Why did the Seattle Storm trade for Carolyn Swords again?
We’re not entering proof-of-life territory with the veteran center yet, but it has undoubtedly been surprising how little she has factored into the Storm’s 5-2 start considering she was the team’s biggest offseason acquisition.
In theory, she was supposed to give the Storm the rim protector they lacked last year. Seattle was ninth last year in opponent points per possession in post-ups, per Synergy, and eighth in opponent field-goal percentage in the post. With Swords on the roster, Breanna Stewart wouldn’t have to play inside so frequently, thus freeing her up to operate as more of a point forward while simultaneously sparing her some of the physicality she encounters closer to the basket.
“Stewie had to bang (centers) all season long and did a valiant effort,” Boucek said in January, per the Seattle Times‘ Percy Allen. “She did a great job, but it wears her down. It’s not ideal for Stewie. That’s another reason why this makes sense for us to bring somebody that can really bang with the big bigs that we have in this league. Some of them are really dominant players. We’d like to get Stewie out of having to do that all the time.”
I even posited a scenario in which Swords would possibly bump Crystal Langhorne to a reserve role not dissimilar to Zach Randolph’s with the Memphis Grizzlies this year.
In effect, Swords has done none of that.
She’s averaging 9.7 minutes a night—her fewest since her rookie year and third-fewest on the team.
Nobody expected Swords to arrive in Seattle and become Sylvia Fowles, but she started 34 games for the New York Liberty last season. According to Synergy Sports, Swords ranked 27th in opponent PPP around the basket and 21st in post-ups.
More confounding than the fact Boucek simply isn’t playing Swords is the fact she isn’t utilizing the 6’6″ center in situations that would seemingly deem her presence necessary.
As Tina Charles went 12-of-25 and scored 28 points against the Storm on May 26, Swords played a total of 6:10. When Fowles dropped 26 points in the Minnesota Lynx’s 100-77 victory June 3, Swords was on the floor for 15:05. While that’s her second-highest total of the season, it’s still below her season average for the Liberty in 2016 (17.5 MPG).
To a certain extent, it’s fair to question why Boucek needs to mess with a good thing at the moment.
Langhorne is averaging 18.1 points per 36 minutes—second-best of her career—and leads the league in field-goal percentage—66.7 percent. The Storm are also third in offensive rating (107.4) and fourth in defensive rating (103.7).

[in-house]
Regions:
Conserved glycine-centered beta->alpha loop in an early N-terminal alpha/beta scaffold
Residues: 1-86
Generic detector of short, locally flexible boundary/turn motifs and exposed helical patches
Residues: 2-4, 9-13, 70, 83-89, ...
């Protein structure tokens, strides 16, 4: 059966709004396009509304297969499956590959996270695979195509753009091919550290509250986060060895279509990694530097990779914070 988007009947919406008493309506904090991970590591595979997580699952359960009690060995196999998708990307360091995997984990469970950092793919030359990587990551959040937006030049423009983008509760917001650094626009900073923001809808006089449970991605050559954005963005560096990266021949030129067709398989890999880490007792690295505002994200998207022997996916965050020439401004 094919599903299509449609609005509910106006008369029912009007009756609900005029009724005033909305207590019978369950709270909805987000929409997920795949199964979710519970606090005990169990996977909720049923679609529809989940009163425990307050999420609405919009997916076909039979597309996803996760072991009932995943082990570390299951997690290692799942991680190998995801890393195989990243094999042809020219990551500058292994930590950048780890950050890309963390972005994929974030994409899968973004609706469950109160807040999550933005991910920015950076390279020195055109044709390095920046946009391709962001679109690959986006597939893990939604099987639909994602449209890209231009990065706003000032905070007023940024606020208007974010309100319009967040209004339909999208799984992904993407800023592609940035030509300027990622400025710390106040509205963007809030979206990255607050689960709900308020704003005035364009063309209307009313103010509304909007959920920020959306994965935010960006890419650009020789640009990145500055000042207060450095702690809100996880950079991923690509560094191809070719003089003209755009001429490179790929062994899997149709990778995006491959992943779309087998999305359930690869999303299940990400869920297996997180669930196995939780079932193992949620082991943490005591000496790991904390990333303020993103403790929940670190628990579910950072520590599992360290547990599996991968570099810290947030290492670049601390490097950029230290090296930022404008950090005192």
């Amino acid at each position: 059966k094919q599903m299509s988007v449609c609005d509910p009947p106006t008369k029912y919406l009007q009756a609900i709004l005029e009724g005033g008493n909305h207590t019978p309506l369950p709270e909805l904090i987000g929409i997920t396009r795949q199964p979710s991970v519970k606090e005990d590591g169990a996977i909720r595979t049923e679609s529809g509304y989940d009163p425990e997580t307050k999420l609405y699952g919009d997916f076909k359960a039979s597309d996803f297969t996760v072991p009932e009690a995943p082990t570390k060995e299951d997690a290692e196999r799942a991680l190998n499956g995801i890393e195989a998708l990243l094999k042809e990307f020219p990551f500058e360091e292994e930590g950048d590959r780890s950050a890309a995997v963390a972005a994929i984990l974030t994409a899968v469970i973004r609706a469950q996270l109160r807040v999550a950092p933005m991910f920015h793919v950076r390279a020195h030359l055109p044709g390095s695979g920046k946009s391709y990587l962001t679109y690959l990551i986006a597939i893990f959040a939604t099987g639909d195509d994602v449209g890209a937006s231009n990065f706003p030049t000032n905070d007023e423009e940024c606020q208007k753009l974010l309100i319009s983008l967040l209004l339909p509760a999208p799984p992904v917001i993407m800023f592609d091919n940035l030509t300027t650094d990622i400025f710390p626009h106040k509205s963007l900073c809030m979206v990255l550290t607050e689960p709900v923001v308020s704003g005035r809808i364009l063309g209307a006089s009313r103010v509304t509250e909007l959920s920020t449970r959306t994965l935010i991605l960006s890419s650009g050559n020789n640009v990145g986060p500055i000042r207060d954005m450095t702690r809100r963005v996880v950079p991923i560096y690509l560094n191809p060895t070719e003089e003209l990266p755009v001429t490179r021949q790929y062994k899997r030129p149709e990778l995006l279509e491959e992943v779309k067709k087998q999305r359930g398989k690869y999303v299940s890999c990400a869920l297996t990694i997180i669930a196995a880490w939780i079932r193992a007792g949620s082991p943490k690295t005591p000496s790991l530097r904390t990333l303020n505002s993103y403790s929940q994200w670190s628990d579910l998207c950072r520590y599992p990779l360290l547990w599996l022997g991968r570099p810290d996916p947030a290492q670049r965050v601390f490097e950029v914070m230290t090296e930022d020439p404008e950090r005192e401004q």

To say Seattle is purely relying on smoke and mirrors to have the WNBA’s third-best record would be unfair. However, there could be a leveling-off ahead.
Three of the Storm’s five wins have come against the Indiana Fever and San Antonio Stars, who are 3-5 and 0-8 respectively. And while the victories over the Liberty and Washington Mystics look great, one could nitpick and find poke holes in each of the wins. Sami Whitcomb caught fire against New York, giving the Storm an unexpected boost, while Seattle encountered a Washington team that was playing its second road game in three nights and still working the kinks out following a busy offseason.
All of that is to say the road isn’t going to get any easier for the Storm. Especially with Kaleena Mosqueda-Lewis out indefinitely with a knee injury, Ramu Tokashiki can’t be the only frontcourt player who consistently sees 15-plus minutes a night. Stewart still doesn’t look to be fully recovered from the knee injury that delayed her 2016 debut. And Langhorne is likely to fall back to earth a little bit since she has never shot higher than 63.0 percent for a season.
Not to mention Langhorne is often outmatched in the paint when she goes against elite post scorers. Fowles put on a clinic against her in the Lynx’s win.
Sure, Fowles is a matchup nightmare for almost anybody in the league and playing at an MVP-type level. If the Storm are to make a deep postseason run, they’ll likely encounter one or more of Fowles, Elena Delle Donne or Brittney Griner, all of whom are among the WNBA’s best offensive players in the post.
It’s crazy to think that in that situation the Storm could have on the bench a 6’6″ center who has averaged 1.5 blocks per 36 minutes over her career and opt instead to stick with Stewart and Langhorne inside.